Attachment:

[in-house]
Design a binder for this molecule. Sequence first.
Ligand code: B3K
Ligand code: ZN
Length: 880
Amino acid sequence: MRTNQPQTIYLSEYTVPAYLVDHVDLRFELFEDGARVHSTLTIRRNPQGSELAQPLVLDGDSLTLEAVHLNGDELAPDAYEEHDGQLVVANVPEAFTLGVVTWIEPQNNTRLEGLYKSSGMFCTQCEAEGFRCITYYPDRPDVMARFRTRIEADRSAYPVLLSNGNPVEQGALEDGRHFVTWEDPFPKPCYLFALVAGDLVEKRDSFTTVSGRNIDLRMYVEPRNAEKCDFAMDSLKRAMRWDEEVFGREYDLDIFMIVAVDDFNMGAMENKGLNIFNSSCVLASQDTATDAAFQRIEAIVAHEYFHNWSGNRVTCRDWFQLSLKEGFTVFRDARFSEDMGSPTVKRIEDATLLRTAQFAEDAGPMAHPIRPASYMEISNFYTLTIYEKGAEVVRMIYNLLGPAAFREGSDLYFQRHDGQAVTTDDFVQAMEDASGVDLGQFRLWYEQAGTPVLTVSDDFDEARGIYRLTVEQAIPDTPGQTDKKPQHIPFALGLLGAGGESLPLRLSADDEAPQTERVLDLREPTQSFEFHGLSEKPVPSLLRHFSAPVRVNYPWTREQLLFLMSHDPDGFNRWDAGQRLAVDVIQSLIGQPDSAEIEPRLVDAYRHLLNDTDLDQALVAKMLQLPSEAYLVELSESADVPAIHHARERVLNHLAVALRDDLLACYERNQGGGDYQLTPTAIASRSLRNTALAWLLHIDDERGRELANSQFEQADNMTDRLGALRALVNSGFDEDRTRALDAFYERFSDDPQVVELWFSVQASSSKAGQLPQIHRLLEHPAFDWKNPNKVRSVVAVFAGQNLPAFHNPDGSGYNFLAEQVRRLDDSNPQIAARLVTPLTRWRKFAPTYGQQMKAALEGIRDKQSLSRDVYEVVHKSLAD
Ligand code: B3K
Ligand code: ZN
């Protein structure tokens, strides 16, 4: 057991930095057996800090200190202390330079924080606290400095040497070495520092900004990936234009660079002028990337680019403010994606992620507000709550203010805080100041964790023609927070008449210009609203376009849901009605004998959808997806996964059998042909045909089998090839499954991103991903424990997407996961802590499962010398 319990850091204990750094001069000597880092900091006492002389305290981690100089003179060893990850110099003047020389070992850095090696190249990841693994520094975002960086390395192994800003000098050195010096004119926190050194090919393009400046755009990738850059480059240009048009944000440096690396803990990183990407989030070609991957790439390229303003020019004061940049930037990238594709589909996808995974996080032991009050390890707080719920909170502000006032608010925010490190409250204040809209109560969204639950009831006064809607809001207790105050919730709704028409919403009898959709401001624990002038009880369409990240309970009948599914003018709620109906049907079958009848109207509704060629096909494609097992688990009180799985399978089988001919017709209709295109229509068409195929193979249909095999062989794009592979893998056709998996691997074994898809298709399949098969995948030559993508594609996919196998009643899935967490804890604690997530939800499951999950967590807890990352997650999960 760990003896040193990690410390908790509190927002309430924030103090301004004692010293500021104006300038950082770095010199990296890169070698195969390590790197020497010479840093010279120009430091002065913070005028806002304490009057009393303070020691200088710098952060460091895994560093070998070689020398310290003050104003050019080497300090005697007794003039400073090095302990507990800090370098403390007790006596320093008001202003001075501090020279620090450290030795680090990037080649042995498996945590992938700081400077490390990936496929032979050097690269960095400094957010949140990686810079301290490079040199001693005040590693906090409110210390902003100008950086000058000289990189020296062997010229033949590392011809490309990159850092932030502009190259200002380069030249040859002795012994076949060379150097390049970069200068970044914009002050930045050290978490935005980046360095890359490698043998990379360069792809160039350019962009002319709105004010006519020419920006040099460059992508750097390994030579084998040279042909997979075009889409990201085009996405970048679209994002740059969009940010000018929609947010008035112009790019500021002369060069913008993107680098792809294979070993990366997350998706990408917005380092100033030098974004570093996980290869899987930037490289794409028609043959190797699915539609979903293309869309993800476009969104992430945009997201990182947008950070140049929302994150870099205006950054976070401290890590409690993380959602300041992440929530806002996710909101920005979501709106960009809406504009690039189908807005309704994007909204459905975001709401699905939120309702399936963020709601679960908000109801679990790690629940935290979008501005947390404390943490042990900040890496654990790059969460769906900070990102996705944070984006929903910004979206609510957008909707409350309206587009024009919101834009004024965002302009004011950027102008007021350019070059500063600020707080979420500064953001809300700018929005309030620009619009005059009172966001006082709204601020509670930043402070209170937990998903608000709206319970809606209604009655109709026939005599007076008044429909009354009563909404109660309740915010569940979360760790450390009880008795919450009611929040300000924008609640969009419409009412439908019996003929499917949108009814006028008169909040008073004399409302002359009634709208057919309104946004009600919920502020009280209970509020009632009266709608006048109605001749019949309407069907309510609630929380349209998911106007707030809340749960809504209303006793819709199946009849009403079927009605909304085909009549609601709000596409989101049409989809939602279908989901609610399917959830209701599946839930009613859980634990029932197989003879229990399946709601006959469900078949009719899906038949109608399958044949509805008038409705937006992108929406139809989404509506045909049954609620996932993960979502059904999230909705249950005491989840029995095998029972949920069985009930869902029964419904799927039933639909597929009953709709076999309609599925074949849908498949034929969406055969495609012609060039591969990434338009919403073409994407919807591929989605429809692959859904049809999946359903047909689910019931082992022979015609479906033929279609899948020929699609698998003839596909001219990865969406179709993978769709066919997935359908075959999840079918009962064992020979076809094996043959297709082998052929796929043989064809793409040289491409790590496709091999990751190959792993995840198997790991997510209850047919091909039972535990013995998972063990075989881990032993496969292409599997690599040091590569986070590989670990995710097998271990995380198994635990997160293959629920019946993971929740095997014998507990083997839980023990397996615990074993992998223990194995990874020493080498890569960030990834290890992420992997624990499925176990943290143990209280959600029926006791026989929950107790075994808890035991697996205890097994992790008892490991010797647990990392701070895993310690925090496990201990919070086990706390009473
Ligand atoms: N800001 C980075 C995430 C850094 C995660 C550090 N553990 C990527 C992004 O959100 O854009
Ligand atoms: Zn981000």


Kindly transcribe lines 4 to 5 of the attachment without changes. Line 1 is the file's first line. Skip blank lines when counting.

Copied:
Ligand code: ZN
Length: 880